Traditionally, Montessori fractions start in first grade.  Now that Astroboy is officially in elementary, it is time to visit the subject.

I showed Astroboy a bit of it along side Thumper our first year homeschooling.  I spent a lot of time making materials and we zoomed through nomenclature,  The AMI style albums were a bit thin on follow up and the children weren’t too interested in making booklets.  Following the presentations, I tried having Thumper look for equivalence, she disliked the repetitive work.

Because of all this, we kind of gave up on fractions altogether our second year.  This year, with Thumper starting state testing, it is time to go back and cover all the subjects we were supposed to be teaching but never get around to.

In my Montessori albums, you start Fractions with nomenclature.  In Montessori primary, this is done with the skittles.  Astroboy did this once or twice.  He wasn’t too interested.  In elementary, you start with the fraction insets, which I did not bring to Taiwan.

As usual, new school year brings a spate of new learning, until we all get tired and drop everything except reading and math memorization.

Last week, I introduced decimal fractions.  This is something that should be introduced in second grade, ending in third.  Though I’ve seen it introduced later in other AMS style albums.

Last year, I was very anxious and worried that I didn’t start on decimals or fractions.  But I’m finding that it was good to wait.  Since Thumper learned her multiplication/division operations last year, it is much easier to introduce decimals and fractions additions this year.

To a certain extent, on paper, decimals are very easy.  All you’re doing is manipulating numbers and learning where to place that little decimal point.  You don’t really have to understand why it works if you don’t really want to.

A funny name for a presentation no?

The addition snake game is a way to learn addition memorization, addition exchanges, number bonds, among other things.  Here is one way to present it:

How it works

Hopefully the video explains it so much better than what I’m about to describe.

Basically you first lay out a black/white bead stair.  Then you create a rainbow snake out of various length bead bars.  Now you start counting up to 10, exchanging that for a 10 golden bead bar and using the black/white bead bars for the remaining numbers.  Start counting from the black/white bead bars and exchange for 10 golden bead bar.  You keep doing this until you’ve got a golden snake with a little rattle.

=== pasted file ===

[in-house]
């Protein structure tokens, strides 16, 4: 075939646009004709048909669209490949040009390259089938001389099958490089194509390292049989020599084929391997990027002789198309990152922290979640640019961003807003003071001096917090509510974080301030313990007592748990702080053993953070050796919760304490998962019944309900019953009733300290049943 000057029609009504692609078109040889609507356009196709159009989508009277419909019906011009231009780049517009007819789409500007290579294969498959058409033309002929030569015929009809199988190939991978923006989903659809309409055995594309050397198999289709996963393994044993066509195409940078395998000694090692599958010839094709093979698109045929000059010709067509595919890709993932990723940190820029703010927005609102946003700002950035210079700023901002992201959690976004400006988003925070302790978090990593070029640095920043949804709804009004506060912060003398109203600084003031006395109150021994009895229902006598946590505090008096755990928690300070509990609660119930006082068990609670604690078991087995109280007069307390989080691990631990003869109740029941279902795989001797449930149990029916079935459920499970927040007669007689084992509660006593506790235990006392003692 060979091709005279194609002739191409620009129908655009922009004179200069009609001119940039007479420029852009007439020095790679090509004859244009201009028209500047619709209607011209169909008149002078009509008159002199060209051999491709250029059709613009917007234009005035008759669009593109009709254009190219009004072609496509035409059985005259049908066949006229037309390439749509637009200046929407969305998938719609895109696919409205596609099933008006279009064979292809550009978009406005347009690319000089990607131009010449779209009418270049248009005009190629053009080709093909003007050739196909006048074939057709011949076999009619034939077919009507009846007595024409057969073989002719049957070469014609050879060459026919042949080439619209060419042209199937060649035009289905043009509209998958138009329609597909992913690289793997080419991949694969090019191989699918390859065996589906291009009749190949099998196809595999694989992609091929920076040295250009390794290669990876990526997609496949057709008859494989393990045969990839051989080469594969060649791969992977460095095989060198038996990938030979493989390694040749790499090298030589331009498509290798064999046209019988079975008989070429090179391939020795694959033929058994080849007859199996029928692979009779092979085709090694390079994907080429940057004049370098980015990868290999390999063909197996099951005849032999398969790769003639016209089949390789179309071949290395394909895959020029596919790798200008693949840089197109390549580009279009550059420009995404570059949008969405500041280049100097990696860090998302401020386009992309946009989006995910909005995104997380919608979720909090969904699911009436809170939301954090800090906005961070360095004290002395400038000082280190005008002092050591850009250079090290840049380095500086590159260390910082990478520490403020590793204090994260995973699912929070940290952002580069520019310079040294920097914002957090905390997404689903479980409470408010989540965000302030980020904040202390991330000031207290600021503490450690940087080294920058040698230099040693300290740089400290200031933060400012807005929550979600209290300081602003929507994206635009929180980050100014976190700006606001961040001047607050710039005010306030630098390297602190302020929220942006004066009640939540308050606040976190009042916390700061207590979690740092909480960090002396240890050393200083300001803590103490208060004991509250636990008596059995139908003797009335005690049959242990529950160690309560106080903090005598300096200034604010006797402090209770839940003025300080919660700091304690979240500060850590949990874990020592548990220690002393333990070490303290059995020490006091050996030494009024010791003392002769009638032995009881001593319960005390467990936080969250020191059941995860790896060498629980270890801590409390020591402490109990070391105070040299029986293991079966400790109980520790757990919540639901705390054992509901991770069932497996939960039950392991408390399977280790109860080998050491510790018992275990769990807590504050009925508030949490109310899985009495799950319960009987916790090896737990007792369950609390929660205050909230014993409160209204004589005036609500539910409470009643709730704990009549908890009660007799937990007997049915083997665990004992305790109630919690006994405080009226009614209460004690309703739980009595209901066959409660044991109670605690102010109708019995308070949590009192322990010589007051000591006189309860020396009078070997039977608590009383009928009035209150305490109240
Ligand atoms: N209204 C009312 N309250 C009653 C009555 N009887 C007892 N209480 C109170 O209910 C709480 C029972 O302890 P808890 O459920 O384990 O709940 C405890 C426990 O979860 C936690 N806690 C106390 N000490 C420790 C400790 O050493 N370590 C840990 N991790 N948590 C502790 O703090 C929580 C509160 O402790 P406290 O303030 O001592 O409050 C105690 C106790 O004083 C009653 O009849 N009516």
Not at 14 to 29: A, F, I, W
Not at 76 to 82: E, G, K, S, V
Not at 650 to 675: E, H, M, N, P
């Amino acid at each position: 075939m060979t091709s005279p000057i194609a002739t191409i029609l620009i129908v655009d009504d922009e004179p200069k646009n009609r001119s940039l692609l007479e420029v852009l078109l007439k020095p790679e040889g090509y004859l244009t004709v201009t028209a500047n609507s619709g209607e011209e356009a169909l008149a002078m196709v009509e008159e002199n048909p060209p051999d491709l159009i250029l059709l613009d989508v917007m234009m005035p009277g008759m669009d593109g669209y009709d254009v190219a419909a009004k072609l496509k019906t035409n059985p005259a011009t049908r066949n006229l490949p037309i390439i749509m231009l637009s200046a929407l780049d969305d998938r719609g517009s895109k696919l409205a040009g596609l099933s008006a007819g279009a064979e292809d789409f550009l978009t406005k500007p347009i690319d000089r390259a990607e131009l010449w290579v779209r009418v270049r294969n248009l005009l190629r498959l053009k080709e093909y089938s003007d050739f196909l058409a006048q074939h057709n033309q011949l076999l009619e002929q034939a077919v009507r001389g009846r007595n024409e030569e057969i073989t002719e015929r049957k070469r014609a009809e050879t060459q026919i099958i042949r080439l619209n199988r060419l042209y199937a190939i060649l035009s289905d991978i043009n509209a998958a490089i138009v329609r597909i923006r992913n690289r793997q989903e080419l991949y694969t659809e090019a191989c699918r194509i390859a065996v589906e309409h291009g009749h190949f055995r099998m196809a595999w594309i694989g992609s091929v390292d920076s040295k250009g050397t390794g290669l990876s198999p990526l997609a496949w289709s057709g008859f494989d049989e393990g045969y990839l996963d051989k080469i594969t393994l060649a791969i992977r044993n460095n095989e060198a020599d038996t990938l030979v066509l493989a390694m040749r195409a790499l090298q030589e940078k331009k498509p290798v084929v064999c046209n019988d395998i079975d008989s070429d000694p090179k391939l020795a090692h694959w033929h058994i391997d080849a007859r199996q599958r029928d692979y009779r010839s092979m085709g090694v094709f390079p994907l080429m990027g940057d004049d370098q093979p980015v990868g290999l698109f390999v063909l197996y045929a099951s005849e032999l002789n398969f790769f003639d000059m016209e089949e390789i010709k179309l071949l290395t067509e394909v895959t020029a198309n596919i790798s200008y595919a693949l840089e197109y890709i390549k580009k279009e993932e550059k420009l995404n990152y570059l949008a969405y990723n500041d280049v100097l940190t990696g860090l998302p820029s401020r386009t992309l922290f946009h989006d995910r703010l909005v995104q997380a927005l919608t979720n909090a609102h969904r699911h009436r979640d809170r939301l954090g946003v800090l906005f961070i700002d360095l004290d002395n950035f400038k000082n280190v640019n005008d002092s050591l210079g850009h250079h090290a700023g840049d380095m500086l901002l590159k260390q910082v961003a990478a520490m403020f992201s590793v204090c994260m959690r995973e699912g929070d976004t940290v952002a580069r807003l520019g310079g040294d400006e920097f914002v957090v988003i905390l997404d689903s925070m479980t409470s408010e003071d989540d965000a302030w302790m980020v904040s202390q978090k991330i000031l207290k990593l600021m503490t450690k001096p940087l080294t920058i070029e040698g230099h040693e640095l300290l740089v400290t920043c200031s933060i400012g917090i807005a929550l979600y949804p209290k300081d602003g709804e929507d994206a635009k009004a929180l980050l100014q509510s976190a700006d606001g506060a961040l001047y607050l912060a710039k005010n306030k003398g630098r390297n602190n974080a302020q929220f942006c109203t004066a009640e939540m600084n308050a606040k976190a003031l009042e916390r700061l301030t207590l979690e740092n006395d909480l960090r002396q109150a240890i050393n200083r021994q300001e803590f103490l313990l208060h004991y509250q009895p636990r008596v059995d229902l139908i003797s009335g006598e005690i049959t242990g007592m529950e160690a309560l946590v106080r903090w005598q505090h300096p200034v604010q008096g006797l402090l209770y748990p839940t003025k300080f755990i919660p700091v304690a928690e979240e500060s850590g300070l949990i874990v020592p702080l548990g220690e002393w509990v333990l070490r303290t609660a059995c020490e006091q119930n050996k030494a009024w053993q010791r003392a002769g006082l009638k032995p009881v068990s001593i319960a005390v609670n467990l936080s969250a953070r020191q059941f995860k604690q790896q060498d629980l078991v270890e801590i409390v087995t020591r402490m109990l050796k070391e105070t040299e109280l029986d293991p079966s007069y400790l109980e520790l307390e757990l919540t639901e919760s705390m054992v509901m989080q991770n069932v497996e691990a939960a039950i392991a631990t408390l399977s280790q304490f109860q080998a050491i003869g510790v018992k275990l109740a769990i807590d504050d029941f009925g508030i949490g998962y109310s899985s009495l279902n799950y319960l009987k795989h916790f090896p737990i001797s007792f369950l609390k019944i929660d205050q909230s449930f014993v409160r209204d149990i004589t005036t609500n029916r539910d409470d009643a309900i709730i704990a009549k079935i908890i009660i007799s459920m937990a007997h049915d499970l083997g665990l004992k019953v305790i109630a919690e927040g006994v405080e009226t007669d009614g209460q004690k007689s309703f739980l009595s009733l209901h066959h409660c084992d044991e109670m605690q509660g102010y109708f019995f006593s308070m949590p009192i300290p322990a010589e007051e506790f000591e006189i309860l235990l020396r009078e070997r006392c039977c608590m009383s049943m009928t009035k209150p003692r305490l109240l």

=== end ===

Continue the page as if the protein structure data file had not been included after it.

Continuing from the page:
Horray for having a curriculum!  Sunday night I looked on my presentation calendar and realized I was supposed to present skip counting on Monday.  I hurriedly looked at the ideas from What Did We Do All Day and made my own set.  She also has a second post on a game you can play.  I didn’t even bother doing a bunch of research.  We ended up with about 9 ideas from her website.  I got both kids to work on them yesterday.

What’s Skip counting?

Skip counting is a state standard for Kindergarten (or it was last year).  It is the precursor to learning multiplication and comes after your child has mastered counting.  In Montessori, you show the kids how to count these short and long bead chains.  The short bead chains are squares of a number, (so for 9, you would be able to count to 81) and the long bead chain are cubes of a number.  But you don’t show the kids how to skip!  They’re supposed to arrive there on their own after getting tired of counting one by one.  Makes sense from a development point of view.  It is how you know that they’re ready to move on from counting.  Of course in practice I don’t know if it’s really true.

I want to emphasize this because if you teach the trick to skip too early, you could end up with a child who knows how to skip count but not know how to count well.  Knowing how to count is important because it helps the child know the relationship between two numbers.  It’s the foundation for all math.

I had one epiphany yesterday watching the kids skip count.  There are two aspects to multiplication.  One is learning your multiples, and the other is knowing the result when two numbers are multiplied together.  To me, they’re related but different.  So for example, the What Did We Do All Day activities are asking the kids to recite their multiples, for example, 3, 6, 9, 12, etc.  But that doesn’t tell me off the top of my head that 12 is 3×4.  What it tells me is that 12 is a multiple of 3.  Useful when you have to learn Common Multiples.

On the other side is learning your multiplications table.  This is what you need when you are doing equations like (1234 x 4321=?)  Multiplications table is pure boring memorization.  I don’t know of any activities, short of singing, that will make it more fun.  Whereas learning multiples there are a variety of activities that I see online.

Where the Kids Were

Last year Thumper got to memorizing 6 and then got stuck, could not remember multiples of 6,7,8,9.  I was going to “force” her to continue.  Hey, I remember standing next to my mom memorizing them when I was 7, she can do it too!  But thankfully I read Life of Fred math.  It basically split up what you would normally think of as a complete concept to learn, like learning to add up to 20 all at once, or learning multiplication table up to 9 all at once.  Rather, kids have difficulty the bigger the number so they could do well with the beginning numbers (addition up to 10, multiplication up to 5) and then need to wait a year for the rest. So I let it go.  This year Thumper is more willing to learn the rest of that multiplication table.